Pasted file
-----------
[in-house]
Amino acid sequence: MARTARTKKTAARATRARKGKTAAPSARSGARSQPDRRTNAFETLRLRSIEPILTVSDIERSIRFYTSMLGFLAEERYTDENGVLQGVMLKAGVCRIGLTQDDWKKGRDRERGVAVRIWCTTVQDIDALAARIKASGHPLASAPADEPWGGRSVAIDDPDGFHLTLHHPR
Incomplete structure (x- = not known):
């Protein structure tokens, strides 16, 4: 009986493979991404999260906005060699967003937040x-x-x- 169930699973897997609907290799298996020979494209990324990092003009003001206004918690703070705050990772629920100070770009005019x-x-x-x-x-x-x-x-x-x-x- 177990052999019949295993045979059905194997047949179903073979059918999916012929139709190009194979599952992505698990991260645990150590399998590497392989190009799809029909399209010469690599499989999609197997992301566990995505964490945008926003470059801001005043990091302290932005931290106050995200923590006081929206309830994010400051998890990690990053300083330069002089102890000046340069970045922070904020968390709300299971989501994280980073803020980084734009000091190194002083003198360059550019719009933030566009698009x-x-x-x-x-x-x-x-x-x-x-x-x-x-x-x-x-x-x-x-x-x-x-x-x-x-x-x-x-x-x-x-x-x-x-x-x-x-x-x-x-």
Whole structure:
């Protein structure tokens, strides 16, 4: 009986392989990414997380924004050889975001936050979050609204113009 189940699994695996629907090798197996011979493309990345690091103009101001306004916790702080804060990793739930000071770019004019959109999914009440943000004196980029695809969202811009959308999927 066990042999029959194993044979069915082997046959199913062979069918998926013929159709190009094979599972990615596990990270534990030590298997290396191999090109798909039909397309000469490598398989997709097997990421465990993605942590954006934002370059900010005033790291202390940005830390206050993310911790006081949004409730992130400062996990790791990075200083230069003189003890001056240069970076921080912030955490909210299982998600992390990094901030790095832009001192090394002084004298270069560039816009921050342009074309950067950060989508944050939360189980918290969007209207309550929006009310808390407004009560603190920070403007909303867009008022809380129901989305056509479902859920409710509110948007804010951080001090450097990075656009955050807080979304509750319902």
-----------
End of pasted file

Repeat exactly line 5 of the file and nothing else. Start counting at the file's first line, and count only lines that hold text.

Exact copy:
Whole structure: